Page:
Following a safety car start due to a downpour in Interlagos, Rubens Barrichello was passed by David Coulthard, before handing the lead back to the home favourite, as chaos reigned behind them.
Three drivers, including Michael Schumacher, spun off on successive laps at turn three which remained wet throughout the race, despite the rest of the track drying, due to rain water from the track running through it.
Barrichello then dramatically ran out of fuel, handing the lead back to Coulthard before he made a scheduled pit stop to what he thought would briefly hand team-mate Kimi Raikkonen the advantage.
The McLaren star though made a small error allowing the Jordan of Giancarlo Fisichella, who had been last after an early pit stop to take on fuel, to take a shock lead.
This then turned into a shock win when Fernando Alonso crashed heavily into the debris left by a Mark Webber accident seconds before – bringing out the red flag which ended the race.
Still the drama continued. Fisichella’s car caught fire amid pit-lane celebrations and the Italian then saw his race win taken away from him due to a timing error, before corrections a few days later saw him eventually awarded his first race win.
Many drivers spun at turn three, including Michael Schumacher (right) at Interlagos in 2003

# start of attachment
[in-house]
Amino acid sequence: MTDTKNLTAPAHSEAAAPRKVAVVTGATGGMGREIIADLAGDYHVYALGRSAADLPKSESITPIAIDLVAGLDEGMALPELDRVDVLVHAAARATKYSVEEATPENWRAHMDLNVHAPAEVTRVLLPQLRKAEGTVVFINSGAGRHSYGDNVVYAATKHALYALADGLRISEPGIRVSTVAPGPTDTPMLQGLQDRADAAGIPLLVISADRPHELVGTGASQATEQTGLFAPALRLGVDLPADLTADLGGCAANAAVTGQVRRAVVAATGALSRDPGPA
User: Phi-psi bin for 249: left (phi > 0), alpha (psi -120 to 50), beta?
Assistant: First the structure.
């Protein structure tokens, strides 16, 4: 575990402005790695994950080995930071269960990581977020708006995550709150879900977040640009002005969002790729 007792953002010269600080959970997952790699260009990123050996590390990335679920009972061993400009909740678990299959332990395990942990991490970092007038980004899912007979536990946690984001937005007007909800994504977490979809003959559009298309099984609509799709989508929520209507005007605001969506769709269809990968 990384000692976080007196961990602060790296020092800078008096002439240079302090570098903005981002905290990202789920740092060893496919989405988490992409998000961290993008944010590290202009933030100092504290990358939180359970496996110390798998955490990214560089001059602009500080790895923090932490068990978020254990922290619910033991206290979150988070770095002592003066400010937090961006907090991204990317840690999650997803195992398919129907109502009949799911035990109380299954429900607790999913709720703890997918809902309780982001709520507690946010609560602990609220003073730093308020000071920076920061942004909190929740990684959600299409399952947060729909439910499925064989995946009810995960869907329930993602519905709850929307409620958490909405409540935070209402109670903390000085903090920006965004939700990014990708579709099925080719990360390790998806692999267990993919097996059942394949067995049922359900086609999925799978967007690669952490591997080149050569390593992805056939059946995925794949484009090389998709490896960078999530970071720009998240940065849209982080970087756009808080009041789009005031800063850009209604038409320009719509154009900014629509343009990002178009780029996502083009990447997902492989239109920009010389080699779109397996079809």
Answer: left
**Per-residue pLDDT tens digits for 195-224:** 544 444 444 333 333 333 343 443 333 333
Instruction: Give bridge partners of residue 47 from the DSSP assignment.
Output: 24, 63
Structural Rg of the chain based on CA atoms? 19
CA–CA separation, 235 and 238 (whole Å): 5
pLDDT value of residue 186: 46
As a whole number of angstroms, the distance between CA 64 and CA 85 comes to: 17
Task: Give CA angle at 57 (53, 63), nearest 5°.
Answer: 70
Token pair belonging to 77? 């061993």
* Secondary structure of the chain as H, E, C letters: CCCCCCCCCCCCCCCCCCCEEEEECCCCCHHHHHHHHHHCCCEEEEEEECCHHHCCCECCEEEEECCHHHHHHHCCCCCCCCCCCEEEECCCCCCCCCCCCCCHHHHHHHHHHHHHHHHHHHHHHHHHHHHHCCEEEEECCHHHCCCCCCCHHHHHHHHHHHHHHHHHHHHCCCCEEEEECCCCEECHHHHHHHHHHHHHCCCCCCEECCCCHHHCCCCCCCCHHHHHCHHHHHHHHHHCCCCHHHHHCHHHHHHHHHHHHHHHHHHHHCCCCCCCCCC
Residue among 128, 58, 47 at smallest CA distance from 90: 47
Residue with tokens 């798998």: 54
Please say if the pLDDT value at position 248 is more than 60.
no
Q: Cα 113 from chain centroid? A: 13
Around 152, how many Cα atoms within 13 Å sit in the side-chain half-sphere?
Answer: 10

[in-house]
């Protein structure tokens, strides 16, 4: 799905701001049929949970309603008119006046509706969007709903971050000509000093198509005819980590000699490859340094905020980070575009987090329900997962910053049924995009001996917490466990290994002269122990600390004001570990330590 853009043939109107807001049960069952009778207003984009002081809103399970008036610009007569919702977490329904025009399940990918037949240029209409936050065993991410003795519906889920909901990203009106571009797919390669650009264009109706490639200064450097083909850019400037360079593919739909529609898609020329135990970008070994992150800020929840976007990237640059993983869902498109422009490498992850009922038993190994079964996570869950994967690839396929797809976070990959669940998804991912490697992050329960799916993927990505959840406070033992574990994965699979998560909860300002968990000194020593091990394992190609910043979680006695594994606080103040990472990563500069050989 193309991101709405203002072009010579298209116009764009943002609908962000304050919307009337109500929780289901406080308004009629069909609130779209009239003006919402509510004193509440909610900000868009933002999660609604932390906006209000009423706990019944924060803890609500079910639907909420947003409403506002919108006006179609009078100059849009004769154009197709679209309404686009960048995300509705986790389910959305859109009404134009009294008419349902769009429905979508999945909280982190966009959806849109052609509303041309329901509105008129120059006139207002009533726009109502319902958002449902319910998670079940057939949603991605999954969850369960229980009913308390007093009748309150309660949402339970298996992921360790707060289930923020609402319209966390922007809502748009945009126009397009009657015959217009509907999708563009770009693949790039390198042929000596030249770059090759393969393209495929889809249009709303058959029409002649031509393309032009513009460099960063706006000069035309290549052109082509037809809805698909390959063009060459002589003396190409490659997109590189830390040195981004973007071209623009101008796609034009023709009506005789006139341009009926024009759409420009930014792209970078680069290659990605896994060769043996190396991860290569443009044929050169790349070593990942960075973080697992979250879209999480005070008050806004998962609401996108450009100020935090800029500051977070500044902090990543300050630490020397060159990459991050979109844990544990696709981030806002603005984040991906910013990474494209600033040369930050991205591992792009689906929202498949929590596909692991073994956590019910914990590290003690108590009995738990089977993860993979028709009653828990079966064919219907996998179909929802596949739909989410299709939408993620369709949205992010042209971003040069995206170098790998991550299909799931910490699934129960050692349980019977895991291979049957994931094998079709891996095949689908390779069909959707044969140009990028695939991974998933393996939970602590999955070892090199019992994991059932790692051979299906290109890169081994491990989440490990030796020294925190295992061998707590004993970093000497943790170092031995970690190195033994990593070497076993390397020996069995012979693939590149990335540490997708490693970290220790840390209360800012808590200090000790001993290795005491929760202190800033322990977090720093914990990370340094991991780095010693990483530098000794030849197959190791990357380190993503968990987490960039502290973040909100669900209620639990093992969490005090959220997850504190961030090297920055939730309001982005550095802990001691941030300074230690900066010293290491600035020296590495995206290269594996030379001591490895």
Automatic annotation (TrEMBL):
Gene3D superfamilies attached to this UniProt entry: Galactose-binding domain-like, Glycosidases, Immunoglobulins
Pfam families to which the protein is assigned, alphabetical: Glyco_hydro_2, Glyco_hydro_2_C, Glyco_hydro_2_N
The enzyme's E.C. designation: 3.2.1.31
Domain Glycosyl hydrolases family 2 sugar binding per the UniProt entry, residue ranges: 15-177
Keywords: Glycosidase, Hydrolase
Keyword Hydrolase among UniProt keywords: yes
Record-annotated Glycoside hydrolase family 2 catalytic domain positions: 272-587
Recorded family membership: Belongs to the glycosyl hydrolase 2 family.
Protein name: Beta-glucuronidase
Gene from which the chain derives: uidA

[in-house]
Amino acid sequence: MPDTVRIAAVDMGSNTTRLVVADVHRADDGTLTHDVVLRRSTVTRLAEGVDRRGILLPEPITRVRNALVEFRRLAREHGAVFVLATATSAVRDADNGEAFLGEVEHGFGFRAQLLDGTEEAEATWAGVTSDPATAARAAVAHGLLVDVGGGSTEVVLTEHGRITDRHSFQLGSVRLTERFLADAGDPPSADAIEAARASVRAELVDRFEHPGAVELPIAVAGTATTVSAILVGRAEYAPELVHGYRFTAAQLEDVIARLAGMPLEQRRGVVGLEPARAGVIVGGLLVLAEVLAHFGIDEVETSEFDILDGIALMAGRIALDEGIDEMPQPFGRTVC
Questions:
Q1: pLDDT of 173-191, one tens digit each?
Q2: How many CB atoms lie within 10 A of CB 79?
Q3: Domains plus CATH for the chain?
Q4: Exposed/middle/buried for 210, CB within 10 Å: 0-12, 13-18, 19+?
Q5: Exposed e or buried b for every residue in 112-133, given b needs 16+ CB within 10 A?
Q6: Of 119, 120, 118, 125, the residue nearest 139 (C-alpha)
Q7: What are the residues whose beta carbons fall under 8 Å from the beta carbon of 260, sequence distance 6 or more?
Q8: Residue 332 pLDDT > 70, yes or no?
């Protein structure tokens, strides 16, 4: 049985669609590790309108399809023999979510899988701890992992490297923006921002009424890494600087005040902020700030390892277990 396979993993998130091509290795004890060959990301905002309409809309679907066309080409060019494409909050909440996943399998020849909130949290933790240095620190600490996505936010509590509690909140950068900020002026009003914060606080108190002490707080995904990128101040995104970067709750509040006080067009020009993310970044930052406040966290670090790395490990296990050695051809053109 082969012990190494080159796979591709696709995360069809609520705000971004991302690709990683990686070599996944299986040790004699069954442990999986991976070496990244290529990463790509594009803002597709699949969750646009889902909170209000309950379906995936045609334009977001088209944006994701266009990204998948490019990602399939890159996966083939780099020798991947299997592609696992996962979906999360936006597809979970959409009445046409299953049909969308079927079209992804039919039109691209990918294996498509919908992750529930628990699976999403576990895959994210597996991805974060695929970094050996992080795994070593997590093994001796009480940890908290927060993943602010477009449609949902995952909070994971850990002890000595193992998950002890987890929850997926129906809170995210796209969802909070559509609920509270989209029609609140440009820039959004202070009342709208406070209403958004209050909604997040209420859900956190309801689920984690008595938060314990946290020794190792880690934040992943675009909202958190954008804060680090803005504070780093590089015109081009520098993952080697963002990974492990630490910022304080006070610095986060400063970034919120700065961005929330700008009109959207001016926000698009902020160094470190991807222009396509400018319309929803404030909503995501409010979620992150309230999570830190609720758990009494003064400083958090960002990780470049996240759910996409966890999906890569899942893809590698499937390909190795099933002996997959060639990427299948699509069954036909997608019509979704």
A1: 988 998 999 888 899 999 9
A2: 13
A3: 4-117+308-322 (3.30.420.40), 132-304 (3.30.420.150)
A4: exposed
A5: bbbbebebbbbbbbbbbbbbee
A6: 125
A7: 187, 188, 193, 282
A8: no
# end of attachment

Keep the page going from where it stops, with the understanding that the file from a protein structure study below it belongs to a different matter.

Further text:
Race winner Giancarlo Fisichella looks on as his Jordan catches fire in Parc Ferme
1. Monaco 1996
For those calling to bin the Monaco Grand Prix due to its processional races, events in Monte Carlo in 1996 should serve as a reminder that every now and then it can throw up incredible action.
On the opening lap there was high drama when in the wet, pole sitter Michael Schumacher crashed out shortly after the Station hairpin – with four more drivers failing to get a lap in.
The race had appeared to settle at the halfway mark, only for race leader Damon Hill’s Renault engine in his Williams to expire coming out the tunnel.
New leader Jean Alesi was then hit by his usual slice of bad luck when he was forced to retire 15 laps from the end with suspension issues, handing the lead to Olivier Panis.
As cars continued to find ways of retiring around him, the Frenchman held on to claim his only F1 win and the last for the Ligier team in a race where just four cars manged to cross the finish line.
Damon Hill leads from Michael Schumacher and Jean Alesi at the start of the 1996 Monaco Grand Prix- with all three going on to retire for different reasons in a race of attrition
Olivier Panis took a shock win, with the Frenchman’s win in a French car pleasing locals